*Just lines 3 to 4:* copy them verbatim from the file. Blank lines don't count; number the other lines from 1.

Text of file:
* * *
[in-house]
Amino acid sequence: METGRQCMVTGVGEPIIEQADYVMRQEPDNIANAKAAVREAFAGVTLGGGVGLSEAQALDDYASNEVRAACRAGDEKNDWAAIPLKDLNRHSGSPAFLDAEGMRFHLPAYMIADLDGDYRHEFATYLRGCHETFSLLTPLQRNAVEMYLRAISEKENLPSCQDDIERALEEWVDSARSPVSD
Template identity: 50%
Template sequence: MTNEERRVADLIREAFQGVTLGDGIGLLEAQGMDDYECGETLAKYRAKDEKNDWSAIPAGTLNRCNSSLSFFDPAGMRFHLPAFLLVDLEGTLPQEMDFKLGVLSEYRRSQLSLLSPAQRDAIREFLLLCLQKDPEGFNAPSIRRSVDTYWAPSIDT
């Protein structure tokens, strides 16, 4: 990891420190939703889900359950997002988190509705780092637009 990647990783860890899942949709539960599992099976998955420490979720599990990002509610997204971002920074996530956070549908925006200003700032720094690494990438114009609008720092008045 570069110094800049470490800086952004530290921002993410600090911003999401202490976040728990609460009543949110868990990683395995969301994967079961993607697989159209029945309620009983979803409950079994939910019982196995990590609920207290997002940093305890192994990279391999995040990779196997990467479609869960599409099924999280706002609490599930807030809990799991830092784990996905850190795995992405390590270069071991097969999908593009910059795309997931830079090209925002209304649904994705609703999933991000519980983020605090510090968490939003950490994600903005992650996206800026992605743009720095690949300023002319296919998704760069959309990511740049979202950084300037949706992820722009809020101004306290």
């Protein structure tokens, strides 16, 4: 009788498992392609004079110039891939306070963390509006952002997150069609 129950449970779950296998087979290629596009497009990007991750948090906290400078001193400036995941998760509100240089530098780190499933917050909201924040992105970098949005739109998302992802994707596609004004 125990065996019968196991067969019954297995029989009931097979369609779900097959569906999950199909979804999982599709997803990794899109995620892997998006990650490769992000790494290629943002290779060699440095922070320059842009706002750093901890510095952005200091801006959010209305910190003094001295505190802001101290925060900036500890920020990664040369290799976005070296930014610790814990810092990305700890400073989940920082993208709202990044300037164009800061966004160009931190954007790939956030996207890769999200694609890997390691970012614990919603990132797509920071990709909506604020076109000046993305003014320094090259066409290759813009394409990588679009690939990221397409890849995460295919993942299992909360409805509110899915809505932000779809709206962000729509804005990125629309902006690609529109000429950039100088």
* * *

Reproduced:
Template identity: 50%
Template sequence: MTNEERRVADLIREAFQGVTLGDGIGLLEAQGMDDYECGETLAKYRAKDEKNDWSAIPAGTLNRCNSSLSFFDPAGMRFHLPAFLLVDLEGTLPQEMDFKLGVLSEYRRSQLSLLSPAQRDAIREFLLLCLQKDPEGFNAPSIRRSVDTYWAPSIDT